Ofime’s New Epic Series The Mystic River A Testament Of Horror In Inhuman Traditions

Native Media TV Blog

Ofime’s New Epic Series The Mystic River A Testament Of Horror In Inhuman Traditions

LAGOS  – It becomes a nightmare when the very land that was supposed to protect you seeks your blood and that of your unborn child. This is the exact horror story of a remote Nigerian village in the Mystic River, where frequent disappearances of pregnant women have left both the villagers and visitors in perpetual fear. No one knows whose pregnant wife would be used next in sacrifice for prosperity of the land.

This remains a mystery until a doctor comes by with a child and she comes near to uncovering some of the most dangerous secrets covering all of these up.

There also, the only health center in the village is in a hopeless condition where the villagers come only to die instead of being saved. It was the same place Bisi, a pregnant woman, came for refuge after escaping from captivity but ended up stabbing herself when the place became unsafe for her and her child.

The 26-episode series shows cultural depth from the props, locations to the characters. Shot in the Ijebu-ode area of Ogun State, it is produced by Rogers Ofime an award-winning executive producer and directed by Uzodinma Okpechi.

The series stars movie veteran actors like Jide Kosoko, who played the role of the king, Dele Odule, who played the role of Balogun, and Joke Muyiwa. Other actors in the production include Ben Touitou, Tonia Chukwurah, Ayo Ewebiyi, Sogade Oluwabunmi, Debby Eloghosa, Folaremi Agunbiade, and Maryjane Ogu.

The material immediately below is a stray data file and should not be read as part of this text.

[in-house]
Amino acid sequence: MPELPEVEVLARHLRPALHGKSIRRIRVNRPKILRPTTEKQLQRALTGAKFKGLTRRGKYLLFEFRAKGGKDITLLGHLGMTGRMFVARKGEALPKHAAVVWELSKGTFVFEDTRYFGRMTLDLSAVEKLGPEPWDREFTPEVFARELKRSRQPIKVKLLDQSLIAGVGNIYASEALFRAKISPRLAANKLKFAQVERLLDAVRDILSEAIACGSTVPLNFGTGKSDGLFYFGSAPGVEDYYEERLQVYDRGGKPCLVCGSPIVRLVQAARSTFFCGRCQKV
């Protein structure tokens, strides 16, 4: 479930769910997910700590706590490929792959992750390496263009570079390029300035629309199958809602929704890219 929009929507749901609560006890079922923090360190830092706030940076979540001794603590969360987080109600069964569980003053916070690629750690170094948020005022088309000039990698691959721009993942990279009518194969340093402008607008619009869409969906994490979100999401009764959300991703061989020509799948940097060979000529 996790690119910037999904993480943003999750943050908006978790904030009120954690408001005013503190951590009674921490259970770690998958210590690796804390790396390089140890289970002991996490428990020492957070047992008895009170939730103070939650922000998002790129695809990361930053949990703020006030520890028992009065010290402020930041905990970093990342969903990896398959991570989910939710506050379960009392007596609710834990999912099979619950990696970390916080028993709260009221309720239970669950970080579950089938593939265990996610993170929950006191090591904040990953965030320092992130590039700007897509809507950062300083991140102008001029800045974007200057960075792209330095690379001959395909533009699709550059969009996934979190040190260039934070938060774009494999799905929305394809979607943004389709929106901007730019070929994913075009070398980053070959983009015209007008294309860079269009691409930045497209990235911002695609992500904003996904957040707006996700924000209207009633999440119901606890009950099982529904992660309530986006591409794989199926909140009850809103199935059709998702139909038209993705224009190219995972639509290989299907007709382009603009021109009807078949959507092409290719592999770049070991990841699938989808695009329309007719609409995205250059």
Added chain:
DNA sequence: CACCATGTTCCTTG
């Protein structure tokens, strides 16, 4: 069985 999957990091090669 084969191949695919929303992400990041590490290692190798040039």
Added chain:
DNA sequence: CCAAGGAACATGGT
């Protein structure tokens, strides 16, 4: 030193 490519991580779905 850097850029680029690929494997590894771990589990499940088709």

And it will go public starting from May 14 on Netflix.

When asked what inspired the African story, the talented filmmaker said, “I have decided to carve an inch for myself when it comes to storytelling and what I want to share with the viewers. I want to tell the African story, stories that have impact, stories that can provoke people to think. And stories that will make us want to change things. In telling the story I am not going against tradition and culture.

“The movie is like a metaphor, I feel like there are things we don’t like in our country today and we can stand up and do something about it. Like the doctor stood up to fight the tradition, there are things happening in Nigeria today that we can stand up to change, we don’t always have to leave everything to the government. I believe that standing up or making a change will go a long way.”

Ofime added that the Mystic River is entirely fiction but has an underlying message and lessons on the need to abolish some evil archaic traditions that have brought nothing but sufferings to the people and to also preserve good traditions and cultures in Africa.

Also speaking on the movie, Jude Chukwuka, one of the cast members expressed satisfaction in the outcome of the movie while giving accolades to the producer and crew members for being part of the African story, he said, “There is a dearth of African culture and in whatever way we can push it, let’s push it. The Mystic River is a must-watch because it is set in African told by Africans in an African setting and unashamedly brought to the global stage.”


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